How To Make French Press Coffee
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There are a million ways to geek out over coffee. But in the end, what we’re after is a hot, delicious cup of coffee to see us through the morning. A simple pleasure.
French press is one of the easiest, least expensive ways to make great coffee. Learn the essentials: here’s how to make a pot of great French press coffee.
Here’s the best way to make French Press coffee.
Step 1: Preheat the French press by filling it with hot water.
Step 2: Add coarsely ground coffee to the carafe.
Step 3: Pour water ensuring that water is evenly submerging all of the grounds.
Step 4: Fill the carafe the rest of the way with hot water and give the coffee a gentle stir.
Step 5: Wait for four minutes then press the plunger all the way down.
Step 6: Your French Press coffee is ready to be enjoyed!
Which Ground Coffee Should You Use?
The consistency of your coffee grind is very important when using a French press: put simply, you must choose coffee that has been coarsely ground. This will stop the grounds of coffee from passing through the mesh of your French press.
It goes without saying that, in an ideal world, you would always grind your coffee at the very last moment using a grinder. This is the only way to obtain genuine freshly ground coffee, guaranteeing the maximum aroma and a more intense taste.
Why You Should Use a Burr Grinder for Good French Press?
Here’s why. A regular blade grinder like this one is perfectly good for grinding coffee beans for a drip machine and other methods, but a French press relies on having very evenly-sized grains of coffee, and they need to be relatively big.
Smaller-sized grains will get through the filter, creating a sediment in your cup, and also get over-extracted, making your coffee bitter. It’s essential that all the coffee beans are ground to the same consistency and the burr grinder is far superior at making this happen.
The Pros & Cons of Using a French Press
- Quick and easy to use.
- No paper filter which can absorb the coffee’s aromatic oils.
- Total control over the infusion time and water temperature.
- A harmonious diffusion of coffee aromas.
- Requires coarsely ground coffee that is not available in supermarkets.
- Small deposit of coffee grounds at the bottom of the cup.
- To be served immediately following preparation, otherwise the infusion will continue in the cafetière.
How To Make French Press Coffee
1. Warm with Water
Preheat the French press by filling it with hot water from a kettle. Whether you have a classic glass or stainless steel model, this step will make sure the whole coffee maker stays warm during the entire brew process — ensuring you get all those tasty flavors out of the grounds and into your cup.
Temperature is one of the key variables in brewing consistently tasty coffee, so you do not want your hot water hitting a cold coffee brewer and immediately cooling down. While you wait about 30 seconds, now is a great time to grind your coffee.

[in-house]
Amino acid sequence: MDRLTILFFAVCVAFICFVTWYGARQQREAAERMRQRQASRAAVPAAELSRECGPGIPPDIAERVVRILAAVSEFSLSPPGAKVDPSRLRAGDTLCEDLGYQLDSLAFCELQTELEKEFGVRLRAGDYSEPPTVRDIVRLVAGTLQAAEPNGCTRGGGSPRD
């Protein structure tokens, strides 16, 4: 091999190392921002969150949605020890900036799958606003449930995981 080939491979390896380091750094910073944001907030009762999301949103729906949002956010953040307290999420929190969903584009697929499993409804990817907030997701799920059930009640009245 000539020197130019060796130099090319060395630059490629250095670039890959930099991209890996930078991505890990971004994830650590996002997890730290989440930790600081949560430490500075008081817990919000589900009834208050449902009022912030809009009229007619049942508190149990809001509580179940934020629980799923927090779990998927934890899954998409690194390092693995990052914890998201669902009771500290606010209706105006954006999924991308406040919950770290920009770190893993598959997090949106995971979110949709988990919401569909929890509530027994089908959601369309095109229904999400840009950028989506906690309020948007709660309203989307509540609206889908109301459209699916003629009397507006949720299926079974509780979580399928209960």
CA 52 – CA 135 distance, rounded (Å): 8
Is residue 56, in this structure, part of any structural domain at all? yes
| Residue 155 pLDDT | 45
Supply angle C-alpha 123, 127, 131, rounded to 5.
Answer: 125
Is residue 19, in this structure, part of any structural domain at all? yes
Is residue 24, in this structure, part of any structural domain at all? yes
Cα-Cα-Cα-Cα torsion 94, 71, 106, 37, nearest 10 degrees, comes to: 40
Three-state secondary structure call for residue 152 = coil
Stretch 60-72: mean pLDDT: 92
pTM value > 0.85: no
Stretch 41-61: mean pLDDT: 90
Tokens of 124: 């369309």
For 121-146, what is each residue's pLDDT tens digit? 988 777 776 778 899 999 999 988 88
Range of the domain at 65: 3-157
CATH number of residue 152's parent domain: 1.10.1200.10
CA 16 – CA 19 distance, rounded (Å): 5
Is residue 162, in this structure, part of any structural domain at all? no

Because French press is an immersion brew method (meaning the coffee is completely submerged in water and stays in contact until the brewing is done), you want a very chunky, coarse grind size.
2. Add Coffee Grounds
Whatever delicious coffee you’ve chosen to brew, now is the time to add that coarsely ground coffee to the carafe. Remember to measure! The right coffee to water ratio is one of the keys to a good, consistent cup, no matter the brew method.
3. Bloom to Enhance
Pour your water around in a spiraling motion, or really any pattern that ensures your water is evenly submerging all of the grounds. If you see any dry spots up top, try and aim for them with your stream of water. You want to get all the grounds wet at as close to the same time as possible, so the water starts extracting flavor from them simultaneously.
4. Fill & Stir
Fill the carafe the rest of the way with hot water and give the coffee a gentle stir. This will make sure that the crust of grinds that has formed on top of your brew gets integrated into the water and doesn’t just hang out up top.
You don’t want to stir too violently, though, because that will agitate the grinds and speed up the extraction, which might release some bitter flavors.
5. Wait for it
In four minutes, your coffee will be ready to drink! Finally, you can press that coffee plunger all the way down, until the coffee grounds are packed on the bottom. Careful not to push too hard — it’s better to press gently, so as to not over-agitate the coarsely ground coffee, which can lead to a few extra-bitter flavors winding up in your coffee.
6. Your coffee is ready
Pour the hot coffee from the French press into your cup or travel mug and you are good to go. Even if you don’t want to drink all the coffee right away, try not to leave any extra coffee in your French press for later.
While the plunger is great for making the coffee easier to pour out, it doesn’t completely separate the coffee grounds from the liquid. So if the coffee sits in that French press too long, it will get bitter from oversteeping, as the water is still in contact with the coffee grounds through that mesh filter.
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